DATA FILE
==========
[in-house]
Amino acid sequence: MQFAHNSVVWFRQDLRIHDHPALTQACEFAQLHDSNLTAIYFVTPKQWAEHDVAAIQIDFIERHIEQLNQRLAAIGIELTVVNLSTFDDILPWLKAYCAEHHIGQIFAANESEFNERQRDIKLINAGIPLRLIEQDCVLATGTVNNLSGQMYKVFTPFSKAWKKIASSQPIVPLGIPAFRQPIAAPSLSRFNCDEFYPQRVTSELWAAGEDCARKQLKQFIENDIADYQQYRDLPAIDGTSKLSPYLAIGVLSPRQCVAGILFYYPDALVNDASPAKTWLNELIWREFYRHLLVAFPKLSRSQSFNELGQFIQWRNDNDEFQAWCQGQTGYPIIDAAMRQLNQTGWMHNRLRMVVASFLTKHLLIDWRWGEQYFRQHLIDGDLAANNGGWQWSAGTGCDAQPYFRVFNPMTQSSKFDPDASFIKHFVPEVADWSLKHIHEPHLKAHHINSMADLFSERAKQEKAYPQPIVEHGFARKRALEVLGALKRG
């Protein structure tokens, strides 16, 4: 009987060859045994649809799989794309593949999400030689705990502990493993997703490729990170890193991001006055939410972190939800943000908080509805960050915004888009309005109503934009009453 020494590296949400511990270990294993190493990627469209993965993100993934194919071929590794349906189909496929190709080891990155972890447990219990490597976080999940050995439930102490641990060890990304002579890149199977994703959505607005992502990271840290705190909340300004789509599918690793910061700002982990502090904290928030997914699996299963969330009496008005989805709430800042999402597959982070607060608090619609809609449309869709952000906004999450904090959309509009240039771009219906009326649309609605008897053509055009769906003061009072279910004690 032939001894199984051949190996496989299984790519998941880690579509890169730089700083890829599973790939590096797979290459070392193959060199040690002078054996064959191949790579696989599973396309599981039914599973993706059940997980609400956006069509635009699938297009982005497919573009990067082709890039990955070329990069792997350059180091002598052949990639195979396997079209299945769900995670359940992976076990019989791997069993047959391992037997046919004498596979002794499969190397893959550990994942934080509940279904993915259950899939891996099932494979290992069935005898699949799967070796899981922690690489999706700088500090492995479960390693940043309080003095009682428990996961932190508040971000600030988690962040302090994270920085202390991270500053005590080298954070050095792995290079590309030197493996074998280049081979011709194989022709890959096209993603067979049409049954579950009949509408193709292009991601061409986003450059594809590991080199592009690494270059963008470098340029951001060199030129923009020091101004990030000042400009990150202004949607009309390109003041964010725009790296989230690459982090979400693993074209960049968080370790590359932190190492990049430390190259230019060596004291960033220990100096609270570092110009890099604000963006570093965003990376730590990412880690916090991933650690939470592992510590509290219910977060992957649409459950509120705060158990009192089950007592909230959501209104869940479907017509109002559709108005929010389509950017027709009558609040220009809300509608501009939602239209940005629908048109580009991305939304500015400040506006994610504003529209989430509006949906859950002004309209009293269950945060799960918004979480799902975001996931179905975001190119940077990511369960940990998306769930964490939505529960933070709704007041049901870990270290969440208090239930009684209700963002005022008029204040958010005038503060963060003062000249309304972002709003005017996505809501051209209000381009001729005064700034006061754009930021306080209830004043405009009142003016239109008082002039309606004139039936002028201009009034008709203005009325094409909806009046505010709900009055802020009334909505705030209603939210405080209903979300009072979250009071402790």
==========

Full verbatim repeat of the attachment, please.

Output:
[in-house]
Amino acid sequence: MQFAHNSVVWFRQDLRIHDHPALTQACEFAQLHDSNLTAIYFVTPKQWAEHDVAAIQIDFIERHIEQLNQRLAAIGIELTVVNLSTFDDILPWLKAYCAEHHIGQIFAANESEFNERQRDIKLINAGIPLRLIEQDCVLATGTVNNLSGQMYKVFTPFSKAWKKIASSQPIVPLGIPAFRQPIAAPSLSRFNCDEFYPQRVTSELWAAGEDCARKQLKQFIENDIADYQQYRDLPAIDGTSKLSPYLAIGVLSPRQCVAGILFYYPDALVNDASPAKTWLNELIWREFYRHLLVAFPKLSRSQSFNELGQFIQWRNDNDEFQAWCQGQTGYPIIDAAMRQLNQTGWMHNRLRMVVASFLTKHLLIDWRWGEQYFRQHLIDGDLAANNGGWQWSAGTGCDAQPYFRVFNPMTQSSKFDPDASFIKHFVPEVADWSLKHIHEPHLKAHHINSMADLFSERAKQEKAYPQPIVEHGFARKRALEVLGALKRG
């Protein structure tokens, strides 16, 4: 009987060859045994649809799989794309593949999400030689705990502990493993997703490729990170890193991001006055939410972190939800943000908080509805960050915004888009309005109503934009009453 020494590296949400511990270990294993190493990627469209993965993100993934194919071929590794349906189909496929190709080891990155972890447990219990490597976080999940050995439930102490641990060890990304002579890149199977994703959505607005992502990271840290705190909340300004789509599918690793910061700002982990502090904290928030997914699996299963969330009496008005989805709430800042999402597959982070607060608090619609809609449309869709952000906004999450904090959309509009240039771009219906009326649309609605008897053509055009769906003061009072279910004690 032939001894199984051949190996496989299984790519998941880690579509890169730089700083890829599973790939590096797979290459070392193959060199040690002078054996064959191949790579696989599973396309599981039914599973993706059940997980609400956006069509635009699938297009982005497919573009990067082709890039990955070329990069792997350059180091002598052949990639195979396997079209299945769900995670359940992976076990019989791997069993047959391992037997046919004498596979002794499969190397893959550990994942934080509940279904993915259950899939891996099932494979290992069935005898699949799967070796899981922690690489999706700088500090492995479960390693940043309080003095009682428990996961932190508040971000600030988690962040302090994270920085202390991270500053005590080298954070050095792995290079590309030197493996074998280049081979011709194989022709890959096209993603067979049409049954579950009949509408193709292009991601061409986003450059594809590991080199592009690494270059963008470098340029951001060199030129923009020091101004990030000042400009990150202004949607009309390109003041964010725009790296989230690459982090979400693993074209960049968080370790590359932190190492990049430390190259230019060596004291960033220990100096609270570092110009890099604000963006570093965003990376730590990412880690916090991933650690939470592992510590509290219910977060992957649409459950509120705060158990009192089950007592909230959501209104869940479907017509109002559709108005929010389509950017027709009558609040220009809300509608501009939602239209940005629908048109580009991305939304500015400040506006994610504003529209989430509006949906859950002004309209009293269950945060799960918004979480799902975001996931179905975001190119940077990511369960940990998306769930964490939505529960933070709704007041049901870990270290969440208090239930009684209700963002005022008029204040958010005038503060963060003062000249309304972002709003005017996505809501051209209000381009001729005064700034006061754009930021306080209830004043405009009142003016239109008082002039309606004139039936002028201009009034008709203005009325094409909806009046505010709900009055802020009334909505705030209603939210405080209903979300009072979250009071402790």